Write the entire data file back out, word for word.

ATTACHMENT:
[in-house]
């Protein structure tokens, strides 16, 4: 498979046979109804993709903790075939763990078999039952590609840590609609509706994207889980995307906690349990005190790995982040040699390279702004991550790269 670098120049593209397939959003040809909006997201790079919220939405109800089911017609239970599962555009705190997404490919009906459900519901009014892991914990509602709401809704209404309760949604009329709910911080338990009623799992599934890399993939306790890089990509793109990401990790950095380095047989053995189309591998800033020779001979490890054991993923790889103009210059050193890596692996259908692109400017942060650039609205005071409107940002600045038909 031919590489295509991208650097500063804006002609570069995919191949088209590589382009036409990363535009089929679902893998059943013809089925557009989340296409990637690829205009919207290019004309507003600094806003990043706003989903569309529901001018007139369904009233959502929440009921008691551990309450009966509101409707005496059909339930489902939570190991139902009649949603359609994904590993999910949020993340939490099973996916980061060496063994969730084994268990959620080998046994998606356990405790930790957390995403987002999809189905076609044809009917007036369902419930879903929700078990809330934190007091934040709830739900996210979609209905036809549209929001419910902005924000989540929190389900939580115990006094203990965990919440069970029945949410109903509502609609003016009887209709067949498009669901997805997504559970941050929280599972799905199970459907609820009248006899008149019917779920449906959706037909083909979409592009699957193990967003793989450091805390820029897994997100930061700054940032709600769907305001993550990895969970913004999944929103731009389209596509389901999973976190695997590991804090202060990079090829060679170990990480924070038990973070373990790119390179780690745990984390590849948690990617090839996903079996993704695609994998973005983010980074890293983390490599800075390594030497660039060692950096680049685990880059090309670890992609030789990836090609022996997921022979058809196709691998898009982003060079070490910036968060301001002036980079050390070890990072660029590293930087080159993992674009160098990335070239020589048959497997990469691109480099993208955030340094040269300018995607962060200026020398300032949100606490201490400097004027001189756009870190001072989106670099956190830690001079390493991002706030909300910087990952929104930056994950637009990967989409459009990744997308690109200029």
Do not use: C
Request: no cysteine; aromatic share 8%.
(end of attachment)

[in-house]
């Protein structure tokens, strides 16, 4: 498979046979109804993709903790075939763990078999039952590609840590609609509706994207889980995307906690349990005190790995982040040699390279702004991550790269 670098120049593209397939959003040809909006997201790079919220939405109800089911017609239970599962555009705190997404490919009906459900519901009014892991914990509602709401809704209404309760949604009329709910911080338990009623799992599934890399993939306790890089990509793109990401990790950095380095047989053995189309591998800033020779001979490890054991993923790889103009210059050193890596692996259908692109400017942060650039609205005071409107940002600045038909 031919590489295509991208650097500063804006002609570069995919191949088209590589382009036409990363535009089929679902893998059943013809089925557009989340296409990637690829205009919207290019004309507003600094806003990043706003989903569309529901001018007139369904009233959502929440009921008691551990309450009966509101409707005496059909339930489902939570190991139902009649949603359609994904590993999910949020993340939490099973996916980061060496063994969730084994268990959620080998046994998606356990405790930790957390995403987002999809189905076609044809009917007036369902419930879903929700078990809330934190007091934040709830739900996210979609209905036809549209929001419910902005924000989540929190389900939580115990006094203990965990919440069970029945949410109903509502609609003016009887209709067949498009669901997805997504559970941050929280599972799905199970459907609820009248006899008149019917779920449906959706037909083909979409592009699957193990967003793989450091805390820029897994997100930061700054940032709600769907305001993550990895969970913004999944929103731009389209596509389901999973976190695997590991804090202060990079090829060679170990990480924070038990973070373990790119390179780690745990984390590849948690990617090839996903079996993704695609994998973005983010980074890293983390490599800075390594030497660039060692950096680049685990880059090309670890992609030789990836090609022996997921022979058809196709691998898009982003060079070490910036968060301001002036980079050390070890990072660029590293930087080159993992674009160098990335070239020589048959497997990469691109480099993208955030340094040269300018995607962060200026020398300032949100606490201490400097004027001189756009870190001072989106670099956190830690001079390493991002706030909300910087990952929104930056994950637009990967989409459009990744997308690109200029």
Do not use: C
Request: no cysteine; aromatic share 8%.